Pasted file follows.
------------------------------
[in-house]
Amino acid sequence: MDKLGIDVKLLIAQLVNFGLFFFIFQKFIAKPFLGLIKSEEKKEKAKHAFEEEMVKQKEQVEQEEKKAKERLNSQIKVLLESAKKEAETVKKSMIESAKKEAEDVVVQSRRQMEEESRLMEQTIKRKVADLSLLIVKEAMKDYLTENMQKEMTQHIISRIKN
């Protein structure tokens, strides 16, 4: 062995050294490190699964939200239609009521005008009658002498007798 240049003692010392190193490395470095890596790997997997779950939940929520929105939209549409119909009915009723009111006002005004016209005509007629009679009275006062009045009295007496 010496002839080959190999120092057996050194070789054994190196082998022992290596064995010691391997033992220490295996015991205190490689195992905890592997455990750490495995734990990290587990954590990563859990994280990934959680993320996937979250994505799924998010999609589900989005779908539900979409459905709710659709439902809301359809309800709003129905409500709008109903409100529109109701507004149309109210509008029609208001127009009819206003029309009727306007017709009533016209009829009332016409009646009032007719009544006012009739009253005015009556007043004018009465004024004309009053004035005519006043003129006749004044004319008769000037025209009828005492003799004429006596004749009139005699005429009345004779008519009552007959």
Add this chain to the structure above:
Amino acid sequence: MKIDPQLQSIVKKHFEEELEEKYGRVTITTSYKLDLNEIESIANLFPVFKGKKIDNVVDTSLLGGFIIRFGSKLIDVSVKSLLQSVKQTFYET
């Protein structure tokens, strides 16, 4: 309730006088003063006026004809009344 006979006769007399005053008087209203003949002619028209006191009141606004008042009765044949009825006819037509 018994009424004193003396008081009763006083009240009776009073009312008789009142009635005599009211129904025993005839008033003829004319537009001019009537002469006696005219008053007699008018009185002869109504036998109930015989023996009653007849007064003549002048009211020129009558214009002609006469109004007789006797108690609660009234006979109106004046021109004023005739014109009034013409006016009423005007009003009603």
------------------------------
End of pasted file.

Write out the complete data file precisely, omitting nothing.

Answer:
[in-house]
Amino acid sequence: MDKLGIDVKLLIAQLVNFGLFFFIFQKFIAKPFLGLIKSEEKKEKAKHAFEEEMVKQKEQVEQEEKKAKERLNSQIKVLLESAKKEAETVKKSMIESAKKEAEDVVVQSRRQMEEESRLMEQTIKRKVADLSLLIVKEAMKDYLTENMQKEMTQHIISRIKN
């Protein structure tokens, strides 16, 4: 062995050294490190699964939200239609009521005008009658002498007798 240049003692010392190193490395470095890596790997997997779950939940929520929105939209549409119909009915009723009111006002005004016209005509007629009679009275006062009045009295007496 010496002839080959190999120092057996050194070789054994190196082998022992290596064995010691391997033992220490295996015991205190490689195992905890592997455990750490495995734990990290587990954590990563859990994280990934959680993320996937979250994505799924998010999609589900989005779908539900979409459905709710659709439902809301359809309800709003129905409500709008109903409100529109109701507004149309109210509008029609208001127009009819206003029309009727306007017709009533016209009829009332016409009646009032007719009544006012009739009253005015009556007043004018009465004024004309009053004035005519006043003129006749004044004319008769000037025209009828005492003799004429006596004749009139005699005429009345004779008519009552007959």
Add this chain to the structure above:
Amino acid sequence: MKIDPQLQSIVKKHFEEELEEKYGRVTITTSYKLDLNEIESIANLFPVFKGKKIDNVVDTSLLGGFIIRFGSKLIDVSVKSLLQSVKQTFYET
């Protein structure tokens, strides 16, 4: 309730006088003063006026004809009344 006979006769007399005053008087209203003949002619028209006191009141606004008042009765044949009825006819037509 018994009424004193003396008081009763006083009240009776009073009312008789009142009635005599009211129904025993005839008033003829004319537009001019009537002469006696005219008053007699008018009185002869109504036998109930015989023996009653007849007064003549002048009211020129009558214009002609006469109004007789006797108690609660009234006979109106004046021109004023005739014109009034013409006016009423005007009003009603």